Enter the challenge of flared gas. Across the extractives industry, associated gas flaring has long been a vital part of the exploration, production and processing of natural gas. The industry has employed the use of controlled burning as a general practice for common reasons that include pressure relief to prevent the risk of explosions from the simple venting of large amounts of reactive gases; waste product removal from chemical production processes; combustion of volatile organic compounds; and more. According to the International Energy Agency, flaring has resulted in:
Five countries – Russia, Iraq, Iran, the United States and Algeria – accounted for more than half of all volumes flared globally in 2020.
While businesses across the extractive industry have long recognized that capturing associated gases could provide multiple benefits such as surplus energy for consumers, on-site operational power, and increased long-term revenue, it has been more practical to adhere to the industry-recognized justifications that flaring these gases yields them operational and economic advantages. These justifications are now facing serious challenges rooted primarily in environmental headwinds. The industry is in the midst of a tipping point that is shifting communities, regulators, investors, shareholders and the industry itself from tepid tolerance to overt opposition of flaring.
Mitigating the mining menaces
Crusoe Energy and INNIO Waukesha have collaborated to deploy a new technology that can help not only reduce carbon emissions generated by cryptocurrency mining, but also carbon emissions produced by the flaring of excess gas in the oil and gas industry.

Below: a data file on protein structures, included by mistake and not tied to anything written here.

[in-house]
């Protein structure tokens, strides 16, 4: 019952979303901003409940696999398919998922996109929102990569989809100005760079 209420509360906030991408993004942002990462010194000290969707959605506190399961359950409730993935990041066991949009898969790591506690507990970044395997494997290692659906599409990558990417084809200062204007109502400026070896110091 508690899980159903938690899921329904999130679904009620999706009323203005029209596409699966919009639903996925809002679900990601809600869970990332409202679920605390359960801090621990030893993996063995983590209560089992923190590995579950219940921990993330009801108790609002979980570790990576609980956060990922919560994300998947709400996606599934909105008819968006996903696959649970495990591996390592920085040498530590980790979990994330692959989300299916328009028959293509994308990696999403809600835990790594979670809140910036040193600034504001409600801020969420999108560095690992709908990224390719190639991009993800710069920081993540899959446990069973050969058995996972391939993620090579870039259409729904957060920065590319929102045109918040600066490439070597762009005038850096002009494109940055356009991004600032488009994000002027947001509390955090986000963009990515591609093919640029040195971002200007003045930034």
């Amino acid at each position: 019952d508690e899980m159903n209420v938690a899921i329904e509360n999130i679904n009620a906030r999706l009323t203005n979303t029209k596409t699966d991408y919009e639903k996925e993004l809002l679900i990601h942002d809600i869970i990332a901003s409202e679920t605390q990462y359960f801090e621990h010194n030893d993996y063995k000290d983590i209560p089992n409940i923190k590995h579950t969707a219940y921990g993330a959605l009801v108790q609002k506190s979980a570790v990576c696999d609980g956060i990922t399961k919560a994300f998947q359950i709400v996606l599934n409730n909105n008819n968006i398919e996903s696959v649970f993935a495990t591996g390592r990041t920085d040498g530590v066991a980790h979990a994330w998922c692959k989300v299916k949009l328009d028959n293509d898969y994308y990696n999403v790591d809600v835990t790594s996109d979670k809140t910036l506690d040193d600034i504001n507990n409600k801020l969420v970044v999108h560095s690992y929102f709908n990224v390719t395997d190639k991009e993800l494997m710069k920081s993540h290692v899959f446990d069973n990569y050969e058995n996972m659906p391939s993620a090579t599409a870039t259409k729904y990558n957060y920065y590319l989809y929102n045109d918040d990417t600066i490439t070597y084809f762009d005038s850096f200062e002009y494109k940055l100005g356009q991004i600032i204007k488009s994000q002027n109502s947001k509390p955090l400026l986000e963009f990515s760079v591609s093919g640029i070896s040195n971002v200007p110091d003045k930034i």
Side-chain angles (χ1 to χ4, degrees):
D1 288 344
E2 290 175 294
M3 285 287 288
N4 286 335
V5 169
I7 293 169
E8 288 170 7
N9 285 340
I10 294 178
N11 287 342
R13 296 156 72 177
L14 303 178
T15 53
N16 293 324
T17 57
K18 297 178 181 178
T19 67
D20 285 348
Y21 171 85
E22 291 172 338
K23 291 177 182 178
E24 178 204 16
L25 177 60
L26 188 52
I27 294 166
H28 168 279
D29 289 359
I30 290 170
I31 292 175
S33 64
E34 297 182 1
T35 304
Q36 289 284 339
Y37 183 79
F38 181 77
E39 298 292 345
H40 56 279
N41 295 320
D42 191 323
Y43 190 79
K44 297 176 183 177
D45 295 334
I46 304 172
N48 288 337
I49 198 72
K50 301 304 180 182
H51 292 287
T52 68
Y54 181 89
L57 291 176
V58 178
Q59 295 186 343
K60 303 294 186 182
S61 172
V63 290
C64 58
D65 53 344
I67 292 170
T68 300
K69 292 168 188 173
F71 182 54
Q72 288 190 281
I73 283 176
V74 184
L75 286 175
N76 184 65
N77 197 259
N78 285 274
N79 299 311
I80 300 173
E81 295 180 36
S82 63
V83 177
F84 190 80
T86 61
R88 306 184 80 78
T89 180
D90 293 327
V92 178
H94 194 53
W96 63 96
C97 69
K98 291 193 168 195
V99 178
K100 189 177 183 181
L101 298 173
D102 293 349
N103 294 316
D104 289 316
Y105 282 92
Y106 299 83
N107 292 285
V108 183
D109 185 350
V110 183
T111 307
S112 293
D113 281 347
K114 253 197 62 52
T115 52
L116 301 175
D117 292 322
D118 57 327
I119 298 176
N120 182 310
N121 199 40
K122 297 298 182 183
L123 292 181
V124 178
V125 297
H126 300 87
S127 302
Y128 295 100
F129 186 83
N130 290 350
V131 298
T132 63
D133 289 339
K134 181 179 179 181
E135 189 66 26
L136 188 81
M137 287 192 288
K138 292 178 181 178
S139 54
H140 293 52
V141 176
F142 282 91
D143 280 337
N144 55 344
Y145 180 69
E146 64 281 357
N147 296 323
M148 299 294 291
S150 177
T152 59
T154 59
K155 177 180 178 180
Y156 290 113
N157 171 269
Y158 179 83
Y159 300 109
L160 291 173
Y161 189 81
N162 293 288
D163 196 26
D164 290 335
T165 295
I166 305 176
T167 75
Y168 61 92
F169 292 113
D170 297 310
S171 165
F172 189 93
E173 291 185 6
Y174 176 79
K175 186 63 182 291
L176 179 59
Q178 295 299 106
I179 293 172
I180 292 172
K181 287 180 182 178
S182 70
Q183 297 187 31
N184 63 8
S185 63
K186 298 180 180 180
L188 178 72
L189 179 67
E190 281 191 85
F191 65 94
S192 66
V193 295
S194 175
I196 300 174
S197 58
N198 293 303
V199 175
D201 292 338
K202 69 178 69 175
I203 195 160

Crusoe Energy Systems
and powered by INNIO Waukesha a new technology –
Digital Flare Mitigation® (DFM) systems – convert otherwise
wasted or flared natural gas into electrical power.
DFM technology has the potential to be deployed across flaring sites to reduce both methane emissions at flaring sites and the environmental impact of bitcoin mining power consumption. DFM technology is expected to lead the oil and gas industry to use a traditionally wasted resource to help reshape their operating landscape and reap the benefits of improved productivity, increased efficiency, and at the same time provide much needed cleaner power for the budding bitcoin mining industry.
Current estimates of the DFM technology maintain 99.9% combustion efficiency for the flared gas. Further, expectations for the future of DFM expect that the technology will also bringing additional benefits in the form of new networking buildout at the data center and mining sites. This industry-changing technology may have the lowest data center operating costs in the world. While there is a cost for users of DFM to support the infrastructure buildout necessary to get the data to customers, those costs are negligible when compared to energy consumption.
A future benefit of this networking capacity could be much needed increased connectivity for rural communities surrounding the DFM sites. As the technology continues to gain traction, DFM is expected to expand to 100 units as the Crusoe and INNIO Waukesha expand to new markets, such as, Texas and New Mexico.